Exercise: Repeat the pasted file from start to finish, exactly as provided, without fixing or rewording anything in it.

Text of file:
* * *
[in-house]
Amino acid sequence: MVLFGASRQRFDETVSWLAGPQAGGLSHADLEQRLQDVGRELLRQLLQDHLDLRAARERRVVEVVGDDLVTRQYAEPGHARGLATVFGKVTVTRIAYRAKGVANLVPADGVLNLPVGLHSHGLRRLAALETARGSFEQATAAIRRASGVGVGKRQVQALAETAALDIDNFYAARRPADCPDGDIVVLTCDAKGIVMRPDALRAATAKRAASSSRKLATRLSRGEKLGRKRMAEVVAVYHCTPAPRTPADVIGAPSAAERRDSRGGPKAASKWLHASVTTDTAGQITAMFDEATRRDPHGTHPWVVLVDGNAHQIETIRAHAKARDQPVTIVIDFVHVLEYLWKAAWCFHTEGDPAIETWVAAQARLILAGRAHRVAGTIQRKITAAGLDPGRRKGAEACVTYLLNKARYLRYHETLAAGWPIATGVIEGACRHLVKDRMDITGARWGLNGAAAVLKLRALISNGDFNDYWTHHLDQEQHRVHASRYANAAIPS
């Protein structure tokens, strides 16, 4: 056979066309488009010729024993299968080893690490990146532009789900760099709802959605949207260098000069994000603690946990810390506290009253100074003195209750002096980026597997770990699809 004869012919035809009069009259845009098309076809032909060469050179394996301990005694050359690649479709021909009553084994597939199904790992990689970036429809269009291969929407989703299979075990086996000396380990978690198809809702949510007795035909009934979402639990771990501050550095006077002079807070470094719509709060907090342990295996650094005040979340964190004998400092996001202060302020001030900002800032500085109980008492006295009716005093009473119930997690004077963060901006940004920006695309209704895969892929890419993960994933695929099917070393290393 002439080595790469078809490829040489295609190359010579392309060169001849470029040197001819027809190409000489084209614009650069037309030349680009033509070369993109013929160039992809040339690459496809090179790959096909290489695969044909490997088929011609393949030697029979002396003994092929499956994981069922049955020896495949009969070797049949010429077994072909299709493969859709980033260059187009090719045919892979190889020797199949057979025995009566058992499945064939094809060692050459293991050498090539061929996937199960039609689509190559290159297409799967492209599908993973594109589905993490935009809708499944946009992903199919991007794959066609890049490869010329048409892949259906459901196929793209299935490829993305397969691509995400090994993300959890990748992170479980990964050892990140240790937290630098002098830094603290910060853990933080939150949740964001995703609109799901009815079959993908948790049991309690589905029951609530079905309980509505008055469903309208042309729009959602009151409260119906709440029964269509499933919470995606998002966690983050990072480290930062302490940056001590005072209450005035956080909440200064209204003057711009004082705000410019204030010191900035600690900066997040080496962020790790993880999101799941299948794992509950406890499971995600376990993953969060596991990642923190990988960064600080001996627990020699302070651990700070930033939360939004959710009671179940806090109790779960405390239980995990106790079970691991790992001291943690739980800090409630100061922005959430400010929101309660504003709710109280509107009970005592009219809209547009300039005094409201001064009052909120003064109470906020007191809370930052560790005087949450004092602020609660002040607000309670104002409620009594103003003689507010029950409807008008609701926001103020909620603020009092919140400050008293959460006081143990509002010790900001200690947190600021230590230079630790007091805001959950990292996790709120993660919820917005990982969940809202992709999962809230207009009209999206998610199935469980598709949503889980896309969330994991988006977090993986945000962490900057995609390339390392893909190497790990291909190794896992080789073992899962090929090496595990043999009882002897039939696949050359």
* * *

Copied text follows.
[in-house]
Amino acid sequence: MVLFGASRQRFDETVSWLAGPQAGGLSHADLEQRLQDVGRELLRQLLQDHLDLRAARERRVVEVVGDDLVTRQYAEPGHARGLATVFGKVTVTRIAYRAKGVANLVPADGVLNLPVGLHSHGLRRLAALETARGSFEQATAAIRRASGVGVGKRQVQALAETAALDIDNFYAARRPADCPDGDIVVLTCDAKGIVMRPDALRAATAKRAASSSRKLATRLSRGEKLGRKRMAEVVAVYHCTPAPRTPADVIGAPSAAERRDSRGGPKAASKWLHASVTTDTAGQITAMFDEATRRDPHGTHPWVVLVDGNAHQIETIRAHAKARDQPVTIVIDFVHVLEYLWKAAWCFHTEGDPAIETWVAAQARLILAGRAHRVAGTIQRKITAAGLDPGRRKGAEACVTYLLNKARYLRYHETLAAGWPIATGVIEGACRHLVKDRMDITGARWGLNGAAAVLKLRALISNGDFNDYWTHHLDQEQHRVHASRYANAAIPS
């Protein structure tokens, strides 16, 4: 056979066309488009010729024993299968080893690490990146532009789900760099709802959605949207260098000069994000603690946990810390506290009253100074003195209750002096980026597997770990699809 004869012919035809009069009259845009098309076809032909060469050179394996301990005694050359690649479709021909009553084994597939199904790992990689970036429809269009291969929407989703299979075990086996000396380990978690198809809702949510007795035909009934979402639990771990501050550095006077002079807070470094719509709060907090342990295996650094005040979340964190004998400092996001202060302020001030900002800032500085109980008492006295009716005093009473119930997690004077963060901006940004920006695309209704895969892929890419993960994933695929099917070393290393 002439080595790469078809490829040489295609190359010579392309060169001849470029040197001819027809190409000489084209614009650069037309030349680009033509070369993109013929160039992809040339690459496809090179790959096909290489695969044909490997088929011609393949030697029979002396003994092929499956994981069922049955020896495949009969070797049949010429077994072909299709493969859709980033260059187009090719045919892979190889020797199949057979025995009566058992499945064939094809060692050459293991050498090539061929996937199960039609689509190559290159297409799967492209599908993973594109589905993490935009809708499944946009992903199919991007794959066609890049490869010329048409892949259906459901196929793209299935490829993305397969691509995400090994993300959890990748992170479980990964050892990140240790937290630098002098830094603290910060853990933080939150949740964001995703609109799901009815079959993908948790049991309690589905029951609530079905309980509505008055469903309208042309729009959602009151409260119906709440029964269509499933919470995606998002966690983050990072480290930062302490940056001590005072209450005035956080909440200064209204003057711009004082705000410019204030010191900035600690900066997040080496962020790790993880999101799941299948794992509950406890499971995600376990993953969060596991990642923190990988960064600080001996627990020699302070651990700070930033939360939004959710009671179940806090109790779960405390239980995990106790079970691991790992001291943690739980800090409630100061922005959430400010929101309660504003709710109280509107009970005592009219809209547009300039005094409201001064009052909120003064109470906020007191809370930052560790005087949450004092602020609660002040607000309670104002409620009594103003003689507010029950409807008008609701926001103020909620603020009092919140400050008293959460006081143990509002010790900001200690947190600021230590230079630790007091805001959950990292996790709120993660919820917005990982969940809202992709999962809230207009009209999206998610199935469980598709949503889980896309969330994991988006977090993986945000962490900057995609390339390392893909190497790990291909190794896992080789073992899962090929090496595990043999009882002897039939696949050359």